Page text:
Now for the most advanced practice. It’s advanced because it cuts against everything our culture believes in. In a world where everyone is trying desperately to get more done, one of the most radical acts is to not do — to do nothing.

Even just a few minutes of this paradoxical practice can help you experience an expansion of space in the mind.

Lie on the floor or outside on the grass. Close your eyes. Put on your favorite music if you want. Set an alarm for a few minutes so you don’t freak out too much. 

Then, stop. Drop the technique. Drop the effort. Just allow yourself to savor this rare experience of doing absolutely nothing.

Nate Klemp, PhD, is a philosopher, writer, and mindfulness entrepreneur. He is the coauthor of the New York Times bestseller Start Here and the New York Times critics’ pick The 80/80 Marriage. His work has been featured in the LA Times, Psychology Today, the Times of London, and more, and his appearances include Good Morning America and Talks at Google. He’s a cofounder of LifeXT and founding partner at Mindful. For more, visit nateklemp.com or @Nate_Klemp on Instagram.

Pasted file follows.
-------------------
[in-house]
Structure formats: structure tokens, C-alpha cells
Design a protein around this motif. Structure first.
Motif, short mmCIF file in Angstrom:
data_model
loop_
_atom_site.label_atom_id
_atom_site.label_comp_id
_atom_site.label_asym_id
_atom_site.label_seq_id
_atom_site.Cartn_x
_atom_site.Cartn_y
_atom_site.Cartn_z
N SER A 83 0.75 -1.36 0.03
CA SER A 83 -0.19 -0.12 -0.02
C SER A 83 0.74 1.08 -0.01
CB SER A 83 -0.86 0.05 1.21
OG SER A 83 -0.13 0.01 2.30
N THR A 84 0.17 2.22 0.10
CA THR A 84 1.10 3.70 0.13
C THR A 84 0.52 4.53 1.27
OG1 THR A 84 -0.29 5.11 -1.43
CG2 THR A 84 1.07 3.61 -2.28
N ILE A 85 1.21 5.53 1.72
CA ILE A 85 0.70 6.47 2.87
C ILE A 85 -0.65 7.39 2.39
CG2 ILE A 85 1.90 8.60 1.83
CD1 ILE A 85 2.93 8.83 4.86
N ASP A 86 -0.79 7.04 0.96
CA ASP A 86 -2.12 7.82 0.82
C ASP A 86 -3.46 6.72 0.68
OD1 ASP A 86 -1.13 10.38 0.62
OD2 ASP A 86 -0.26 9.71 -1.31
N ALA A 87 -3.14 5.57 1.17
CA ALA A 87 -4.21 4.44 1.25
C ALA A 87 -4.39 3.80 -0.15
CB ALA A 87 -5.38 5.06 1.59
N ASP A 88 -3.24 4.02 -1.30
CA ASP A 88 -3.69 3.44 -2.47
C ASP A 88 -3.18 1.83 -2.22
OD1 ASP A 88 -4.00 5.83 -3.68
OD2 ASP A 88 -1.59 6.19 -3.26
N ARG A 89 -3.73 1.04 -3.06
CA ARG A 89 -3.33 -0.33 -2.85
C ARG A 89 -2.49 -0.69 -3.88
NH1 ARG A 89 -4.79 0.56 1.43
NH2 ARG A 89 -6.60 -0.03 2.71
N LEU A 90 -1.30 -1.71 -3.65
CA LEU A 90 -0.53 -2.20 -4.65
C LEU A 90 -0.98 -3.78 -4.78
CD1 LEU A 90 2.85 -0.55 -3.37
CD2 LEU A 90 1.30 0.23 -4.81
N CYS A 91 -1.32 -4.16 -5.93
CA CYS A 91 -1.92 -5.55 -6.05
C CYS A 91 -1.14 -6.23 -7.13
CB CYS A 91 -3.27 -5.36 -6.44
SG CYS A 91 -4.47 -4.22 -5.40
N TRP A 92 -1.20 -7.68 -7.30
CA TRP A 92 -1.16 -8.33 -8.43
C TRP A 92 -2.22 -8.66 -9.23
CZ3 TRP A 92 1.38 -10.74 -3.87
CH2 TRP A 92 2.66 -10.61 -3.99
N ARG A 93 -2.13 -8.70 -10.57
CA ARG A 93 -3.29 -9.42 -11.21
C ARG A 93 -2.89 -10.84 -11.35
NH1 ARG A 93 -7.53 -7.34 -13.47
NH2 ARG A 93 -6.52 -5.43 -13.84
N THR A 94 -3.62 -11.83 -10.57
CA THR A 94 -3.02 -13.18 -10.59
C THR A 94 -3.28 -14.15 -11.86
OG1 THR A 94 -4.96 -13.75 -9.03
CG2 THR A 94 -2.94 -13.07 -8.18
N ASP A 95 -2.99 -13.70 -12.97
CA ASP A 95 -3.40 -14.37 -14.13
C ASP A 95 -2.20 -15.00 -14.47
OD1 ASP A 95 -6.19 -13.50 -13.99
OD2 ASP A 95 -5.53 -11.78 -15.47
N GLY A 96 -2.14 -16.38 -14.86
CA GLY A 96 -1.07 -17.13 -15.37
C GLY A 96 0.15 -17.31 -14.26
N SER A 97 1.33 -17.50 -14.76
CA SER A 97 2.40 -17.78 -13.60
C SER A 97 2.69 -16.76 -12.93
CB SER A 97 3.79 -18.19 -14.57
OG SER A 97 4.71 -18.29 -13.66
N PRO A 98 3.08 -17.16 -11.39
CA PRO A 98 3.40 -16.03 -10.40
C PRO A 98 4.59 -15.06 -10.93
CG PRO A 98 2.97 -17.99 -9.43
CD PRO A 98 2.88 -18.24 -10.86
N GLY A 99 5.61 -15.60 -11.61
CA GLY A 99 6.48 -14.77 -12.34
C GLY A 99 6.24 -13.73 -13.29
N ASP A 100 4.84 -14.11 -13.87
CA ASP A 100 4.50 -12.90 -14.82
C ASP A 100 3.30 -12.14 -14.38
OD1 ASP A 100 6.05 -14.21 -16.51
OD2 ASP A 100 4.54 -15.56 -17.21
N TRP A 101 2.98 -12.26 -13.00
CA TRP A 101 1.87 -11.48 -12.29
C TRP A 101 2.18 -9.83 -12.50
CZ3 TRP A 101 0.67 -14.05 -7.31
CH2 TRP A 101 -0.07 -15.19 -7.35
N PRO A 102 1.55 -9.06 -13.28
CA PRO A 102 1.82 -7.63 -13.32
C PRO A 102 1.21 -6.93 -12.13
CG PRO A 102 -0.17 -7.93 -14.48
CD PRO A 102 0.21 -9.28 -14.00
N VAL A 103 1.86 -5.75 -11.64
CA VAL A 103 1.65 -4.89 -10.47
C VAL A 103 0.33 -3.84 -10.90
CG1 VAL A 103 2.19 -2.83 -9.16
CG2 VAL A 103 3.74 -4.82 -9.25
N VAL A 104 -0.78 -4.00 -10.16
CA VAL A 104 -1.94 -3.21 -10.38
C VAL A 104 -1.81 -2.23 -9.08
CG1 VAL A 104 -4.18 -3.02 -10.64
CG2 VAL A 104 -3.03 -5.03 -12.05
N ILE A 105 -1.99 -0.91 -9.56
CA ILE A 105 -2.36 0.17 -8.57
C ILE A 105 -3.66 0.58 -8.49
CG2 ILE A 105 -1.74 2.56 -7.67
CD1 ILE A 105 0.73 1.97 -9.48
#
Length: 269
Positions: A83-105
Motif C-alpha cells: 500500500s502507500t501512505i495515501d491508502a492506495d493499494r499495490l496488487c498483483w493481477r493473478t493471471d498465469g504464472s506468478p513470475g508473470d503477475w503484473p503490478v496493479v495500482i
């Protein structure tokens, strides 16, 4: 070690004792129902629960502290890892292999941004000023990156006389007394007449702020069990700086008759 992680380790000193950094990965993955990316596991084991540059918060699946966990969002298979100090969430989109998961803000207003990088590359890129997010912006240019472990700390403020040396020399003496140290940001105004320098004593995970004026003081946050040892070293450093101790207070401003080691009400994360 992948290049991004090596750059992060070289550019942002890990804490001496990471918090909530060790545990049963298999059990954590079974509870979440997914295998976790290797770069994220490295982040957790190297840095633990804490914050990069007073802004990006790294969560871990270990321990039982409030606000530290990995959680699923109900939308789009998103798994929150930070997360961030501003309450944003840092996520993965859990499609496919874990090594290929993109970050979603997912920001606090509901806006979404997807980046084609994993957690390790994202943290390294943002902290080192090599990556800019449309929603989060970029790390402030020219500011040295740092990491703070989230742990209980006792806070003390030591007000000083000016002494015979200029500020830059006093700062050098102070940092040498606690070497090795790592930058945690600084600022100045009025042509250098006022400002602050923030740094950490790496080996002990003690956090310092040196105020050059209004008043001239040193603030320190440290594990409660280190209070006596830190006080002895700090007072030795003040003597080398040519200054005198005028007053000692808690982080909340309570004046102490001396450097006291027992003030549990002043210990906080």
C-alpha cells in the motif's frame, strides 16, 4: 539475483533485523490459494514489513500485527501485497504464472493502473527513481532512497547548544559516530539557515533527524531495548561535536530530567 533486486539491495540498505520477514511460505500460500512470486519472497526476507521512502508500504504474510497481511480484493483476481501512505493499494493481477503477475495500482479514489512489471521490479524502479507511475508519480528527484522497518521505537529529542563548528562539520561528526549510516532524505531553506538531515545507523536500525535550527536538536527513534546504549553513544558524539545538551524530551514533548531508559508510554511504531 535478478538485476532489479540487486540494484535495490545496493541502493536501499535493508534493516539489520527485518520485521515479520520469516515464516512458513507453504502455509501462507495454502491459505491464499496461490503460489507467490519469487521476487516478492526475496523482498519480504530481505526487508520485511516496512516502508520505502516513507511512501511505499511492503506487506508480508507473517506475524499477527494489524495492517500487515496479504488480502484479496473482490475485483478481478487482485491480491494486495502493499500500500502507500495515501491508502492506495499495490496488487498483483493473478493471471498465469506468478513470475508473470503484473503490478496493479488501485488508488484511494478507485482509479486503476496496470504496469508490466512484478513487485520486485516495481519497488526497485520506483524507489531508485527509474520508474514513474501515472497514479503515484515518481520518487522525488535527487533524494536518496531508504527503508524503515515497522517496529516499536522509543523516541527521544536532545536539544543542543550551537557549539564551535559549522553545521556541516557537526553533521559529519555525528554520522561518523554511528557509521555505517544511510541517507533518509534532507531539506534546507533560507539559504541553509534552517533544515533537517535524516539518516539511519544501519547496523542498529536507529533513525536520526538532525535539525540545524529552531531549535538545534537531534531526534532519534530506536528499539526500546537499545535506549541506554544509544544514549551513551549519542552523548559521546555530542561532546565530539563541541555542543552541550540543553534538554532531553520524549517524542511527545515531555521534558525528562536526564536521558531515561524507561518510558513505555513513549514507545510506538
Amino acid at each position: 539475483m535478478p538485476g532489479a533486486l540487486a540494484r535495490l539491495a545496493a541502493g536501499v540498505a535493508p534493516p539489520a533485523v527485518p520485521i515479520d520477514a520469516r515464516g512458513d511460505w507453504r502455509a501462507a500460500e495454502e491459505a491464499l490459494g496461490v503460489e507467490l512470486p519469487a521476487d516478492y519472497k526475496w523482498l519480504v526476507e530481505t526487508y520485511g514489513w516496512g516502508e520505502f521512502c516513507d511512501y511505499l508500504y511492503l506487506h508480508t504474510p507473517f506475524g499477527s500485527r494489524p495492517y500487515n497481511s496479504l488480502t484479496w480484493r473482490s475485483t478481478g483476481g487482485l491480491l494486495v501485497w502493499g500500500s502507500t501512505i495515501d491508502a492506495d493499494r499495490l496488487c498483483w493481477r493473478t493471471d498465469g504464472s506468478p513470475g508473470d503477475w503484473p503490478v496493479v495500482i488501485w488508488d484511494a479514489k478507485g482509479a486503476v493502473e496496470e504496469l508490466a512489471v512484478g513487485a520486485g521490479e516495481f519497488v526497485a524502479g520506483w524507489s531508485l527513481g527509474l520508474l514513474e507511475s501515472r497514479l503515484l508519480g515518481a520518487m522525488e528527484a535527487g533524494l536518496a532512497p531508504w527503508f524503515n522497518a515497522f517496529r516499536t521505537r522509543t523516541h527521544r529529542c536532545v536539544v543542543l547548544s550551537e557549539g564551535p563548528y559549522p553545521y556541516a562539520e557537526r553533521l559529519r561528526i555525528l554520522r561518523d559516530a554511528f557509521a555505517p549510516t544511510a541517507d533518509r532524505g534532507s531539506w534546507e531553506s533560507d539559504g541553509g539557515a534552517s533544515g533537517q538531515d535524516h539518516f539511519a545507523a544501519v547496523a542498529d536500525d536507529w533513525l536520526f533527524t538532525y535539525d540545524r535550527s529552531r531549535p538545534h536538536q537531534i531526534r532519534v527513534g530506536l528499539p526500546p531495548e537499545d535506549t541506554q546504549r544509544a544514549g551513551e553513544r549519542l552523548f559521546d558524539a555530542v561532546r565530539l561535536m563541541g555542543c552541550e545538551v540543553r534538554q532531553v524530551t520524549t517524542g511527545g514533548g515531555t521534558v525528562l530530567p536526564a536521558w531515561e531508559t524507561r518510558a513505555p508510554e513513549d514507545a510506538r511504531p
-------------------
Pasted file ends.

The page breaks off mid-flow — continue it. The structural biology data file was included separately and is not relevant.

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Give a listen to this deeply inspiring, deep-end conversation exploring: Presence and the alchemy of the past in the now; the concept of relational coherence; post-traumatic learning; avoiding presence as a way to protect oneself; attunement versus numbness; our interconnected nervous systems; ethical development; privilege and responsibility; increasing our ability to remain grounded; the power of feeling met; global witnessing groups; bringing love to the edge of a conscious universe; the three-sync process for becoming more aware of your body, emotions, and mind; and more.